The Indian Telecom sector (‘Sector’) is the world’s second largest telecommunications market, both in terms of subscriber base (1.16 billion) and in terms of total internet users (743.19 million). Recently, on 22 January 2021, the Competition Commission of India (‘CCI’) released its key findings and observations from a study exploring the evolution of the sector and the present regulatory challenges relating to the sector. Through the study, the CCI assessed the market dynamics within the sector and highlighted developments in the sector which could lead to competition concerns in the present and foreseeable future. Further, the report assessed the shift in competition strategies by market participants, including the trend of cooperation between telecom services and related industries such as over-the-top (‘OTT’) services, network tower companies and infrastructure providers. It is interesting to note that the report does not present any definitive views of the CCI in relation to the competition issues highlighted in the Sector. The report largely summarises views presented by other experts while giving little indication of the CCI’s position on the issues.
The study highlighted that the sector witnessed a paradigm shift in 2016 as:
- the Indian Government approved ‘spectrum liberalisation’, which enabled operators to efficiently allocate spectrum bands across 2G, 3G, and 4G services. Liberalisation of the sector meant that allocation of telecom spectrum was bundled with the license, which acted as an entry barrier to the sector.
- Reliance Jio Infocomm Ltd. (‘Jio’) entered the market and immediately brought down data prices from INR 180 per Giga Byte(‘GB’) in September 2016 to INR 6.98 per GB by 2019. This adversely impacted the competitive position of incumbent operators as the ‘tariff war’ waged by Jio led to multiple market exits.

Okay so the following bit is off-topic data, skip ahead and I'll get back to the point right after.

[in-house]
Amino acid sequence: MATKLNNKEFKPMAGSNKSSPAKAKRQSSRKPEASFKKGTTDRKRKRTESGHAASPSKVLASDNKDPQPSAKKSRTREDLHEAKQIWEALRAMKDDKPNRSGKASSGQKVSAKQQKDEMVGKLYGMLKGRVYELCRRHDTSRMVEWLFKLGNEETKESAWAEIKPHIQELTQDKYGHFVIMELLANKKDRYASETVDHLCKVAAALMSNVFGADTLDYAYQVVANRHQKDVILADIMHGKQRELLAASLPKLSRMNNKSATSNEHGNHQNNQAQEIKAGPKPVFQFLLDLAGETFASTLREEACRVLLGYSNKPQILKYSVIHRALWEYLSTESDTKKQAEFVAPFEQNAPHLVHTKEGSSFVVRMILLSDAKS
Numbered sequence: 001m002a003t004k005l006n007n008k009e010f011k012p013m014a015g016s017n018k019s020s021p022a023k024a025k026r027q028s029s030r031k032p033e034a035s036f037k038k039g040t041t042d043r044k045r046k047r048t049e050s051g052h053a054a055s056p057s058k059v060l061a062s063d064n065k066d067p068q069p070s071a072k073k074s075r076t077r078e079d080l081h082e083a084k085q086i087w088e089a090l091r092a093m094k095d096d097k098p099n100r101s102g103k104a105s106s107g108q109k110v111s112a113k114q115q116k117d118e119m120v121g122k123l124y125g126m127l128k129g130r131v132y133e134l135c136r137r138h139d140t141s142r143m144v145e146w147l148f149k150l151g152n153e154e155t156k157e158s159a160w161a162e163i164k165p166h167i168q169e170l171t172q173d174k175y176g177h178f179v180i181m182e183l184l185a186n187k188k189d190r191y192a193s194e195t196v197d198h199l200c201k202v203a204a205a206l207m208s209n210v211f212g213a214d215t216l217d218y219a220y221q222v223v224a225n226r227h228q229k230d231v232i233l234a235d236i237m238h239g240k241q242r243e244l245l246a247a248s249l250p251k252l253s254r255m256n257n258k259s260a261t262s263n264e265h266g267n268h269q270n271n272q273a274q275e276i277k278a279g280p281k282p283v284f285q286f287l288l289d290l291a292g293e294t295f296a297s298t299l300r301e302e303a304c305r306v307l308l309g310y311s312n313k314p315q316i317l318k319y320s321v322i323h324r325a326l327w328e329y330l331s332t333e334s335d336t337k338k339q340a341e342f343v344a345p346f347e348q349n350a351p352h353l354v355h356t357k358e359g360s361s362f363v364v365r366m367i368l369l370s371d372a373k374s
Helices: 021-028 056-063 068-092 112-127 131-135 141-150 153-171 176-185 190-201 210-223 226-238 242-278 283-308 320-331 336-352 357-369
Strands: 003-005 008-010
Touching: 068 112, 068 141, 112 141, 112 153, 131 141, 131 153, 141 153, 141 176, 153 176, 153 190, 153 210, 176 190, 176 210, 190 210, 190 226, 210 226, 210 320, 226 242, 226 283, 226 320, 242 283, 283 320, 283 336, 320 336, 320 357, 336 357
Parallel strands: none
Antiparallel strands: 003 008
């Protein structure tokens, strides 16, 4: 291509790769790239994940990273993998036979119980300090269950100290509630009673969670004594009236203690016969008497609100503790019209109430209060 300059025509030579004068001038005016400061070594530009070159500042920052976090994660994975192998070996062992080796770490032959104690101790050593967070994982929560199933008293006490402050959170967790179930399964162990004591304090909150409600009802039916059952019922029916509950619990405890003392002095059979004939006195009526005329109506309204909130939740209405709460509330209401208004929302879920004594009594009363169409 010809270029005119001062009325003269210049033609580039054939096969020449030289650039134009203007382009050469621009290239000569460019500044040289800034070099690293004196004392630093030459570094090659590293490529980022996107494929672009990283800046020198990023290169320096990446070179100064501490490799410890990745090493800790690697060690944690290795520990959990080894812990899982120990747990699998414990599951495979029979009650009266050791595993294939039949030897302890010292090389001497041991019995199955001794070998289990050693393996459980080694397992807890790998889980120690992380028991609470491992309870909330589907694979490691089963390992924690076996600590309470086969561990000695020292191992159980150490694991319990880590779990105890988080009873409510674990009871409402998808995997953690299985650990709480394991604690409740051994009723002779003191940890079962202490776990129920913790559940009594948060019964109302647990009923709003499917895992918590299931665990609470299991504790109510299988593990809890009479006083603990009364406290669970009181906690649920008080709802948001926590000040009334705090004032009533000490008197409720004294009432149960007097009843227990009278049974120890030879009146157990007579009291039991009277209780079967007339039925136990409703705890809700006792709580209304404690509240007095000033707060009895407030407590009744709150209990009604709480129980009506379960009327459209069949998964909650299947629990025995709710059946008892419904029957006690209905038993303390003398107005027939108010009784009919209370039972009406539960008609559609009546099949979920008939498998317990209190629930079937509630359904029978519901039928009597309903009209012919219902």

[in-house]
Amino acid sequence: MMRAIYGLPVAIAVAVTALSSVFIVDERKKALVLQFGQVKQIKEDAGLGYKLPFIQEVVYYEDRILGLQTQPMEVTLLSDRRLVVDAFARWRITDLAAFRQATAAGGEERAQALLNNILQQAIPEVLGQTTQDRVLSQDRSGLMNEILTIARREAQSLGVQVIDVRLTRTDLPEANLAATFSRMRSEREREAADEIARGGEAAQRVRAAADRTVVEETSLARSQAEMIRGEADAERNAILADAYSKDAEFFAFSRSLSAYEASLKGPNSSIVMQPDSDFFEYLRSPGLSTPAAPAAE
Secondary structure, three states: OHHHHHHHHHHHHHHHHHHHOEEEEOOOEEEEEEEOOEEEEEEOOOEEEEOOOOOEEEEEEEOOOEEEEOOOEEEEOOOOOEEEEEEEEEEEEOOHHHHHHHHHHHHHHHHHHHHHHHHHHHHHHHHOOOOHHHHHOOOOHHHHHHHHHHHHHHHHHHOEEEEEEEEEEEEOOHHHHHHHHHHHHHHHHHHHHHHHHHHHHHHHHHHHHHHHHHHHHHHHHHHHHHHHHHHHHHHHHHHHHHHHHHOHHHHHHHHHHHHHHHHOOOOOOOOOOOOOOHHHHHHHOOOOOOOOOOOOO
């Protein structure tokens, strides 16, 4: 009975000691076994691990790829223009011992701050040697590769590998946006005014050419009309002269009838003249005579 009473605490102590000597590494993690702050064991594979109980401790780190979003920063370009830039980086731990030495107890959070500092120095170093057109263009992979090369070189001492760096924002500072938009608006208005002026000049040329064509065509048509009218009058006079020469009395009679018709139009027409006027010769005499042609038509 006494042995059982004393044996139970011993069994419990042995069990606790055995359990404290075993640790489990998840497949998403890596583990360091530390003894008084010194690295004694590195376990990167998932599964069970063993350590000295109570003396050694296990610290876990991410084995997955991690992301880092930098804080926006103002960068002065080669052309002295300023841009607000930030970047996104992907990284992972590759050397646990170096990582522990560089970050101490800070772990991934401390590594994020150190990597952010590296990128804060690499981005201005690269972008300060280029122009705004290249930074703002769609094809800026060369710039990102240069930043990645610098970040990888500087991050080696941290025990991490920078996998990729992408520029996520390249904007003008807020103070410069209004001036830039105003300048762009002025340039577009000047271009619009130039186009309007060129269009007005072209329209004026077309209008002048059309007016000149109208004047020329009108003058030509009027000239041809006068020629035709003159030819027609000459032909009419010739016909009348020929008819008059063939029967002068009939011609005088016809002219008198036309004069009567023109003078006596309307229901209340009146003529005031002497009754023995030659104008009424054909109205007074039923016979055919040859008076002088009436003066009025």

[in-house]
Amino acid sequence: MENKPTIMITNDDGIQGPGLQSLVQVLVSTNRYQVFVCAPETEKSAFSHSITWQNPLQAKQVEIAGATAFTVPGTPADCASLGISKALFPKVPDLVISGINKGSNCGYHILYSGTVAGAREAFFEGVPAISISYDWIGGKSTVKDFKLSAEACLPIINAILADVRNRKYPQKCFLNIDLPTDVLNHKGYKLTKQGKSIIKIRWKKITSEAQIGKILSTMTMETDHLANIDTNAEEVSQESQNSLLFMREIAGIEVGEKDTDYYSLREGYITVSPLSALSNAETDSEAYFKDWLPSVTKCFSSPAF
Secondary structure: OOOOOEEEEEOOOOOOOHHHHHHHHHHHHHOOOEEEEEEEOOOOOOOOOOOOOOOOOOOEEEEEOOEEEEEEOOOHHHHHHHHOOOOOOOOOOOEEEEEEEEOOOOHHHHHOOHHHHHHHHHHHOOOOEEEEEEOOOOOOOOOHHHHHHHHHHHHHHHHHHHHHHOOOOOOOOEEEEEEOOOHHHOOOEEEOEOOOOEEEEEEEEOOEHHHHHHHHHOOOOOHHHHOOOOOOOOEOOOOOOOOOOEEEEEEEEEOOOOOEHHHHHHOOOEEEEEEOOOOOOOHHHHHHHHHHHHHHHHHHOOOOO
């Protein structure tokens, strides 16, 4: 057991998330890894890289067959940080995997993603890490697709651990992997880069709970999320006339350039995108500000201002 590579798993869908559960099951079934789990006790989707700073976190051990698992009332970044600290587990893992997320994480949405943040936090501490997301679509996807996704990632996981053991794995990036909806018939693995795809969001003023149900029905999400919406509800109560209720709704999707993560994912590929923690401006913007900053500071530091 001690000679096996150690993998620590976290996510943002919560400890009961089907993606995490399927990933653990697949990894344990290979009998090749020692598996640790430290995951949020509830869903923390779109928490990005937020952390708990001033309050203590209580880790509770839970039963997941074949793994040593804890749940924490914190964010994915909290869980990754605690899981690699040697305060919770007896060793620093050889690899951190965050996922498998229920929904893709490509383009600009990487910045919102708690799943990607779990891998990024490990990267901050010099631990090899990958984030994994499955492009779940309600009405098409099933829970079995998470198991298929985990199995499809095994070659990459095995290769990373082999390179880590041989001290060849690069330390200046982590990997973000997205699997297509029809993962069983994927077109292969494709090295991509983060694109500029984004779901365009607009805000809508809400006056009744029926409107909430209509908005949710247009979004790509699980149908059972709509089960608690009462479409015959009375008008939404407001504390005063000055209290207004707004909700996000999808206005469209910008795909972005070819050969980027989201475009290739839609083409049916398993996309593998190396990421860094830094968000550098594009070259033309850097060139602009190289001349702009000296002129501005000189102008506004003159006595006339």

- The total number of mobile service providers has reduced from 13 in 1991 to just 8 in 2019. This includes a merger of two major service providers, Vodafone India Ltd. (‘Vodafone’) and Idea Cellular Ltd. (‘Idea’) into Vodafone-Idea Ltd. (‘VIL’) on account various factors such as (i) the AGR dues imposed by the Supreme Court of India (‘SC’), (ii) heavy losses suffered due to the ‘tariff war’ initiated by Jio, and (iii) the increasing costs of technology upgradation.
With respect to the recent trends and practices within the market, CCI observed that the prevailing market structure validates the rule of three, which predicts that mature markets normally support three main competitors. As on 22 January 2021, CCI observed that Jio, Airtel, and VIL control almost 88.4% of the market and all other players are limited to the fringes.
The report discusses a shift to non-price based competition from price based competition in the Sector. While consumers remain price sensitive, factors such as quality of service, data speed and bundled service majorly govern consumer choice. This involved a change in the attitude of operators viz Over-the-Top (‘OTT’) services. Initially, OTT services had created revenue pressure upon operators by substituting traditional SMS and voice services. However, CCI noted that in order to increase their value to consumers, operators have started bundling in OTT services to push for increased data usage by consumers. This marks a shift in the focus of operators from providing voice and SMS services to providing data services. This model also stands to benefit OTT services which are able to access a large user base.
In its key findings, CCI categorised the sector as a two-sided market that provides a platform for content providers and subscribers to connect. In recent cases pertaining to the digital markets, CCI has noted that two-sided markets pose a challenge for competition regulators as they do not fit within the existing understanding of what a traditional market should be.